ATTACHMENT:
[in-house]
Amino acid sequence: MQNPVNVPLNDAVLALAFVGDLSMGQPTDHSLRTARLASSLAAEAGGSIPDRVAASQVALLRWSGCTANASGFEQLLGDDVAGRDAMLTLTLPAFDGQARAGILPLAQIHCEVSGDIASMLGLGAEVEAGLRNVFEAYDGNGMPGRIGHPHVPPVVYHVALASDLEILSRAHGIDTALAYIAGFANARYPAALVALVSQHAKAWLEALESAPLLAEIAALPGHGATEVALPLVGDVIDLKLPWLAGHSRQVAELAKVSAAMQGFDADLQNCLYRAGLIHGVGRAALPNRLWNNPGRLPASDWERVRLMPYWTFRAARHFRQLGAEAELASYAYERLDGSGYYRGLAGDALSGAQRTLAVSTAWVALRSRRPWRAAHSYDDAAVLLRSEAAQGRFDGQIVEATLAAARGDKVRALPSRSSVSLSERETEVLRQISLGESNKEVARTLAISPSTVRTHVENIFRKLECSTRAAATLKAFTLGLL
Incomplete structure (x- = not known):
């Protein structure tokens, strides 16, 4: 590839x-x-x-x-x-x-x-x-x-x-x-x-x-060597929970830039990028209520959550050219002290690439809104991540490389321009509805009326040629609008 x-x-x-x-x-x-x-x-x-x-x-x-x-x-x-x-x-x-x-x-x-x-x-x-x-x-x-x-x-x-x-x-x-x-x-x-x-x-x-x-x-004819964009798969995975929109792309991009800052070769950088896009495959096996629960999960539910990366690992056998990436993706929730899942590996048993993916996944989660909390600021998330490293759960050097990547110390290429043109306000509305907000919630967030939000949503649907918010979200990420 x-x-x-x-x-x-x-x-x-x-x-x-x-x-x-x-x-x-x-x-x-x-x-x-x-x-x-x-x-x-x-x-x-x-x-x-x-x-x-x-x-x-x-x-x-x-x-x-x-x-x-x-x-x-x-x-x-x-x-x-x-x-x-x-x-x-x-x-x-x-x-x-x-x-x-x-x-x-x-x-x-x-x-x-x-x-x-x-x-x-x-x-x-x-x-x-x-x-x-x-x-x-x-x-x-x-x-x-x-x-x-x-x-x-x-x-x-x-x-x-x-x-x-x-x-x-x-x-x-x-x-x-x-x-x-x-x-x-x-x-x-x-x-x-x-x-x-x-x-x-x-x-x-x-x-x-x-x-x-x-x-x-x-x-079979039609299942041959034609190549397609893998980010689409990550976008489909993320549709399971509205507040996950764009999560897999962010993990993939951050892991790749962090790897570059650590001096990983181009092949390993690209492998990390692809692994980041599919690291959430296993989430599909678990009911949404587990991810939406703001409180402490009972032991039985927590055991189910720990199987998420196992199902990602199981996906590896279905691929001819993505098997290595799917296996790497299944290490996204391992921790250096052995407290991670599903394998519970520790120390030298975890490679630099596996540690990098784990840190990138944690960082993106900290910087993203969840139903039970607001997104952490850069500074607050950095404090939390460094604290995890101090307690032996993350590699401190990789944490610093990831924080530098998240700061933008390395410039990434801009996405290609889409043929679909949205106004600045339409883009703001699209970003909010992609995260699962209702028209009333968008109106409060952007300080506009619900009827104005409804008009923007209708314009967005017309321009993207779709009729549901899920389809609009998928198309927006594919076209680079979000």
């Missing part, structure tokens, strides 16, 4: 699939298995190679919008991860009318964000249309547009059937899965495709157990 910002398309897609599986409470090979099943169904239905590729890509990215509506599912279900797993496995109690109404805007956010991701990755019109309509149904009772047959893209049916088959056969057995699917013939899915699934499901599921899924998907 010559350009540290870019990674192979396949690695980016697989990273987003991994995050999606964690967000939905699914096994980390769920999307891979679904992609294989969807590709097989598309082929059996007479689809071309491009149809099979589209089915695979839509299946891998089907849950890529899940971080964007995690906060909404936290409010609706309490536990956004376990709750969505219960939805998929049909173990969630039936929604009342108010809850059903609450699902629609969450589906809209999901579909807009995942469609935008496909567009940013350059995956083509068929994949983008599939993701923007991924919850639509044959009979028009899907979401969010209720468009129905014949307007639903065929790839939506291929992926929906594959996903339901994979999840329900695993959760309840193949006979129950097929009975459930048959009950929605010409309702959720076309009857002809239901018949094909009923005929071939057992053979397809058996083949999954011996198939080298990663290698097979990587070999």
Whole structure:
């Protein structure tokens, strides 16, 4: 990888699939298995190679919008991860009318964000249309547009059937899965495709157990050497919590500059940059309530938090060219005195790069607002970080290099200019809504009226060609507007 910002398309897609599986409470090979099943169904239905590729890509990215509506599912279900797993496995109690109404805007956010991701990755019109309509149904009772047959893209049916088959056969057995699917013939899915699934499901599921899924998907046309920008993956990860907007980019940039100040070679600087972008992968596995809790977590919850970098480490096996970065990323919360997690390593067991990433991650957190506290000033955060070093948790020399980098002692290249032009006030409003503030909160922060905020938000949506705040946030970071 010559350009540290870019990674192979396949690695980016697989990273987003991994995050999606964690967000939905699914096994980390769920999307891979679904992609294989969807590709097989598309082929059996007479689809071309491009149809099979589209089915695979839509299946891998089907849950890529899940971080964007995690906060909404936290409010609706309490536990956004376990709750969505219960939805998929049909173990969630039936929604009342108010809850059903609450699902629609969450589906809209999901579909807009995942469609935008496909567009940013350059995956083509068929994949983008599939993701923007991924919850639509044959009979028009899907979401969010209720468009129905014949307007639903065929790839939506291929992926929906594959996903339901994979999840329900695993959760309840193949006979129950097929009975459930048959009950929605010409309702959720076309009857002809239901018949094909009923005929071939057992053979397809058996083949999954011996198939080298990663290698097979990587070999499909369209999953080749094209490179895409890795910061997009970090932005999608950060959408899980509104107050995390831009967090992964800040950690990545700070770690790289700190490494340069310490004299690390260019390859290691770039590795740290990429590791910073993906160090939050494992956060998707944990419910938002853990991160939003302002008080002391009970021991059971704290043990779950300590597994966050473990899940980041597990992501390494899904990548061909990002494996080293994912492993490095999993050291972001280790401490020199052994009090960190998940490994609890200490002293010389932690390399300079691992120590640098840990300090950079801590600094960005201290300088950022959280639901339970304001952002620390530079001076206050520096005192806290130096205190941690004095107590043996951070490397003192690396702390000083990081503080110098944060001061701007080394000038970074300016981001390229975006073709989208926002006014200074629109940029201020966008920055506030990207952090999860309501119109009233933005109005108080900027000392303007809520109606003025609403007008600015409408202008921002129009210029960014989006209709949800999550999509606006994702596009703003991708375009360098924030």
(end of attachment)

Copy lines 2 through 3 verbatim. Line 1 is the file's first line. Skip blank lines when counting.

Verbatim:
Amino acid sequence: MQNPVNVPLNDAVLALAFVGDLSMGQPTDHSLRTARLASSLAAEAGGSIPDRVAASQVALLRWSGCTANASGFEQLLGDDVAGRDAMLTLTLPAFDGQARAGILPLAQIHCEVSGDIASMLGLGAEVEAGLRNVFEAYDGNGMPGRIGHPHVPPVVYHVALASDLEILSRAHGIDTALAYIAGFANARYPAALVALVSQHAKAWLEALESAPLLAEIAALPGHGATEVALPLVGDVIDLKLPWLAGHSRQVAELAKVSAAMQGFDADLQNCLYRAGLIHGVGRAALPNRLWNNPGRLPASDWERVRLMPYWTFRAARHFRQLGAEAELASYAYERLDGSGYYRGLAGDALSGAQRTLAVSTAWVALRSRRPWRAAHSYDDAAVLLRSEAAQGRFDGQIVEATLAAARGDKVRALPSRSSVSLSERETEVLRQISLGESNKEVARTLAISPSTVRTHVENIFRKLECSTRAAATLKAFTLGLL
Incomplete structure (x- = not known):